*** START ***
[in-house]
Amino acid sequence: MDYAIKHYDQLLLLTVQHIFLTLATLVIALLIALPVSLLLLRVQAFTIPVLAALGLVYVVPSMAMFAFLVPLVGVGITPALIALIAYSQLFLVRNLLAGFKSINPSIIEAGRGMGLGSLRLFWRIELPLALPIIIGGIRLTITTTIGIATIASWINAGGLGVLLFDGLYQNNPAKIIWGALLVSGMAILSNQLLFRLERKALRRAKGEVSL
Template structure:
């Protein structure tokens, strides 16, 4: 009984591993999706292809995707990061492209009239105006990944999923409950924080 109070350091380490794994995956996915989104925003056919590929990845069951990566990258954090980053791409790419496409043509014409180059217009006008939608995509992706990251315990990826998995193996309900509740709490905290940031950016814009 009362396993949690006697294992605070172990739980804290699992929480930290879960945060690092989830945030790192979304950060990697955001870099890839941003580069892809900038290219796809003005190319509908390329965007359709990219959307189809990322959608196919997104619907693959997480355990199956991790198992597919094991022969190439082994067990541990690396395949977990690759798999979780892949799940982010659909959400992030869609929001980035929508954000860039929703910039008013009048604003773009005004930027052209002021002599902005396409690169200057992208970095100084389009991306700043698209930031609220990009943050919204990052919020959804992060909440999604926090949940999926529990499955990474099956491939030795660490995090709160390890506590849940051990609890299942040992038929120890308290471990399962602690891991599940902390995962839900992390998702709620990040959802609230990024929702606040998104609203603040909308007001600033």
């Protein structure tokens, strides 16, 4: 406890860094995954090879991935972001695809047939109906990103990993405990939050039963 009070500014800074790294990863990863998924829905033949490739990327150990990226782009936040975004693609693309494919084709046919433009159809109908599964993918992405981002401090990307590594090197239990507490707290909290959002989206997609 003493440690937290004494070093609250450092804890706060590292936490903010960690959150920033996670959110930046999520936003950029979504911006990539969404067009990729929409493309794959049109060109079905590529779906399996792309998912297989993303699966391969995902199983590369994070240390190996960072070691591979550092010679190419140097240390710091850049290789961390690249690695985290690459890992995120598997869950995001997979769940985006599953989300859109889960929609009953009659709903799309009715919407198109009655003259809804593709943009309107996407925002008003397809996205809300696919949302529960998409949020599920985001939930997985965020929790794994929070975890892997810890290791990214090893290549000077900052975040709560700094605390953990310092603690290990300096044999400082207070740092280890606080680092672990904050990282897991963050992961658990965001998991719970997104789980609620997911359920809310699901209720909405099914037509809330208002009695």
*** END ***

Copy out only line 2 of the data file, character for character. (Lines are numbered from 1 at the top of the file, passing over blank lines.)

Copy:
Amino acid sequence: MDYAIKHYDQLLLLTVQHIFLTLATLVIALLIALPVSLLLLRVQAFTIPVLAALGLVYVVPSMAMFAFLVPLVGVGITPALIALIAYSQLFLVRNLLAGFKSINPSIIEAGRGMGLGSLRLFWRIELPLALPIIIGGIRLTITTTIGIATIASWINAGGLGVLLFDGLYQNNPAKIIWGALLVSGMAILSNQLLFRLERKALRRAKGEVSL